6. If there is no related user information in the database, the service provider will lookup for the user information from Identity Registrar, if related TEXT records are found for this address, the information will be imported into the service provider’s database.

Flow


  1. Sign-in Request

    User want to sign in the dApp by send a simple request with identity chain type, eg: DOT, KSM, ETH etc.

    The payload is required since each chain has its own algorithmic mechanism.

    request payload(1)

    "identity-type": "dot"
  2. Authentication Requirement

    dApp will return the callback info. The callback endpoint is used by Identity provider to send signature data to dApp.

    "identity-type": "dot",
    "callback-endpoint": "",
    "scope": ["xxx", "yyy"],
    "chanllenge": xxxxxxxxxx",
  3. Connect to Signer

    User sends request to the Identity Provider (Injected Signer like : Polkadot.js Extension, Metamask, Parity Signer ...).

    This action will call up a browser extension or some other external applications.

    "identity-type": "dot",
    "callback-endpoint": "",
    "scope": ["xxx", "yyy"],
    "chanllenge": xxxxxxxxxx",
  4. Provide Signature The Identity Provider will generate the Signature data.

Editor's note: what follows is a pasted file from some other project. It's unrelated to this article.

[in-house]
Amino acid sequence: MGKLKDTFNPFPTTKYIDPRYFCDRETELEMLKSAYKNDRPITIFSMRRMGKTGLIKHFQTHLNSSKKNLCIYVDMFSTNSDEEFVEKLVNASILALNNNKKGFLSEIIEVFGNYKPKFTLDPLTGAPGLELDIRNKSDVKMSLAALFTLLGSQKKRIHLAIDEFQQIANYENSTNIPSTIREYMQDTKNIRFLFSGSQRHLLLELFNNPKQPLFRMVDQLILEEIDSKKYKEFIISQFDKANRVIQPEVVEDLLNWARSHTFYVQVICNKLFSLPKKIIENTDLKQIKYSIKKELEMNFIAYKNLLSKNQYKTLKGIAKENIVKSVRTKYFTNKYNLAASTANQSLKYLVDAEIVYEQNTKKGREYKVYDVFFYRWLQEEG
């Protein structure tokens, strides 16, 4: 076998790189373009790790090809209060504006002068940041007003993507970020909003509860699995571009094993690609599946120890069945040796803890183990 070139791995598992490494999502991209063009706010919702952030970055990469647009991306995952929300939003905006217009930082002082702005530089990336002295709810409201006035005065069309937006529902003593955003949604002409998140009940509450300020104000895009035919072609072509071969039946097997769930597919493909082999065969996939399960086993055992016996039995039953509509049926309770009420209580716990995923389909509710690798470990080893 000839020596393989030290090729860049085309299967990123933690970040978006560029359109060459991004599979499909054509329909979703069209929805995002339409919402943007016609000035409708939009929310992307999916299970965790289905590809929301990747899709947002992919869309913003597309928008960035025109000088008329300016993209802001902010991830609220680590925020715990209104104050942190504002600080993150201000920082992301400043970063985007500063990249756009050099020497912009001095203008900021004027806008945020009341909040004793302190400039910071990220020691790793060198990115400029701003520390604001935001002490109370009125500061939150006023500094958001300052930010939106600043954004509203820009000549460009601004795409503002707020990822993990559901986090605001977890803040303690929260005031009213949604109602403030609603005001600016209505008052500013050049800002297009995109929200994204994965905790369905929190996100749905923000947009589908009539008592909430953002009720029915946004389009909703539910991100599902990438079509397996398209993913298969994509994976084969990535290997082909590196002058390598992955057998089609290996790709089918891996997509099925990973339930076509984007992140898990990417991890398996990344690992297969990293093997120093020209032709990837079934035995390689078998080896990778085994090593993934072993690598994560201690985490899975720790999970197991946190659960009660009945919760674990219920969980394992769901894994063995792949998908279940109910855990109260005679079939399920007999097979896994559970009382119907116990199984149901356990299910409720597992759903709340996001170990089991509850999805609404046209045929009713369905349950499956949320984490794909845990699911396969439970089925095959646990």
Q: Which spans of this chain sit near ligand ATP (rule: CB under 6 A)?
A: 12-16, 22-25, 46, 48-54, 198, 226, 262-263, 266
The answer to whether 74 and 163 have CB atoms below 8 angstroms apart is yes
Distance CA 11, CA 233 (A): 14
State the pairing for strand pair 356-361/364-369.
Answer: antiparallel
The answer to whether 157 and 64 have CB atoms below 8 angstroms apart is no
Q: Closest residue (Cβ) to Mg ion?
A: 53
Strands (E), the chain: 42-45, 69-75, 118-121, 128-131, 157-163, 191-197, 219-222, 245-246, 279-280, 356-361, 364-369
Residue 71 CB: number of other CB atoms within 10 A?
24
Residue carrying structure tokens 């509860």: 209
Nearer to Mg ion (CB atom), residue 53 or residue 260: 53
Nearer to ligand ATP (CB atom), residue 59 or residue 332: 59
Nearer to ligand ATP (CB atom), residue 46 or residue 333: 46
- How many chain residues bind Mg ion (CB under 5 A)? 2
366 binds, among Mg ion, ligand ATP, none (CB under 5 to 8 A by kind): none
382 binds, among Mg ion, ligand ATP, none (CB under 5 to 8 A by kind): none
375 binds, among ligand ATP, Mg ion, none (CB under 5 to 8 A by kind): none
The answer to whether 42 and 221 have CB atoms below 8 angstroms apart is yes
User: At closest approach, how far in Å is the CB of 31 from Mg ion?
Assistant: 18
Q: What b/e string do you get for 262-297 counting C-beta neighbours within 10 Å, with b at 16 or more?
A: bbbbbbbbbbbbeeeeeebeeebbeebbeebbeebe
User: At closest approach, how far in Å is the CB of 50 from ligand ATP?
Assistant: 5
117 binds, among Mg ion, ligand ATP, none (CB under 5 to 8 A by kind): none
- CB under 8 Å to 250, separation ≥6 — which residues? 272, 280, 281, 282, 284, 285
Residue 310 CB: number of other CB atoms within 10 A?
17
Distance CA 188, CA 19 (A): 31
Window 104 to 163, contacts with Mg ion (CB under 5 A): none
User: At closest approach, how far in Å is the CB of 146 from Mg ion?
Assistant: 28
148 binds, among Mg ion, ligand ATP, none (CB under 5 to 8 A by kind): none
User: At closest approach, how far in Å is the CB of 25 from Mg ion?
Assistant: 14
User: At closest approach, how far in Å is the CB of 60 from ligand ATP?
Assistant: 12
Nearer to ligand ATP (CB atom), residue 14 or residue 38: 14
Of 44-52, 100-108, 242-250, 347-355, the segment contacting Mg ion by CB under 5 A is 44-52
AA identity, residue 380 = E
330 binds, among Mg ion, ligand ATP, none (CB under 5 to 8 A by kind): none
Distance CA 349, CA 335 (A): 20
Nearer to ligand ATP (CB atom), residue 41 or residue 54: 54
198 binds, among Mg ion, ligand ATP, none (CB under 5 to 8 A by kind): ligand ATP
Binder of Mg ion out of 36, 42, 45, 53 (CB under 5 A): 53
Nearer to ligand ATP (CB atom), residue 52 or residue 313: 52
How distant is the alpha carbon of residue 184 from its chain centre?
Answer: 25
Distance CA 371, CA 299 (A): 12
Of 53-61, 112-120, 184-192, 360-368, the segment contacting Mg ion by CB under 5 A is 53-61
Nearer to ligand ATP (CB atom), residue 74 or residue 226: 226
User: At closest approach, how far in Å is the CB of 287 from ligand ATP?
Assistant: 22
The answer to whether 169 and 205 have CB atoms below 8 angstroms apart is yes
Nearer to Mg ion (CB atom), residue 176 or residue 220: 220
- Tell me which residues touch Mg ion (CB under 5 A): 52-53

"identity-type": "dot",
    "public-key": "xxxxxxxx",
    "account-signed": "xxxxxxxxxx",
    "scope": ["xxx", "yyy"],


    • identity-type

      This field is used to choose the chain type and account.

    • public-key

      With the chain account chosen, get the public key of the account. This field will be used by dApp to decrypt the data and verify data consistency.

    • account-signed

      use private key to sign the account.


      account = 0x1016f75c54c607f082ae6b0881fac0abeda21781

      private-key = 18e14a7b6a307f426a94f8114701e7c8e774e7f9a47e2c2035db29a206321725
      account-signed = ECIES ( ${account} , ${private-key})

      # encrypt account with private-key by the specified algorithmic mechanism: ECIES

    • scope

      scope define the permission needed for the dapp to interact with the account.

    • chanllenge

      a text string need to be signed by the private key.

    The Identity Provider will send the signature data to the callback endpoint of dApp by step #3.

  5. Validation

    The dApp receives the signature data and do the verification.

    "identity-type": "dot",
    "public-key": "xxxxxxxx",
    "account-signed": "xxxxxxxxxx",
    "scope": ["xxx", "yyy"],

    Verification Steps:

    • use public-key to decrypt the data of account-signed , this progress should be successful, and get the account address.

      public-key pairs with private-key, this step proves the validity of the private key, and ensure that the data was not tampered with.

    • use public-key to generate the address by the specified algorithmic mechanism according to the chain type, and get the account address refer to public-key .

    • verify the two account address , success if they are the same.

    • if failure, it means the public key does not match the account address, it may happen when some malicious users want to impersonate an account.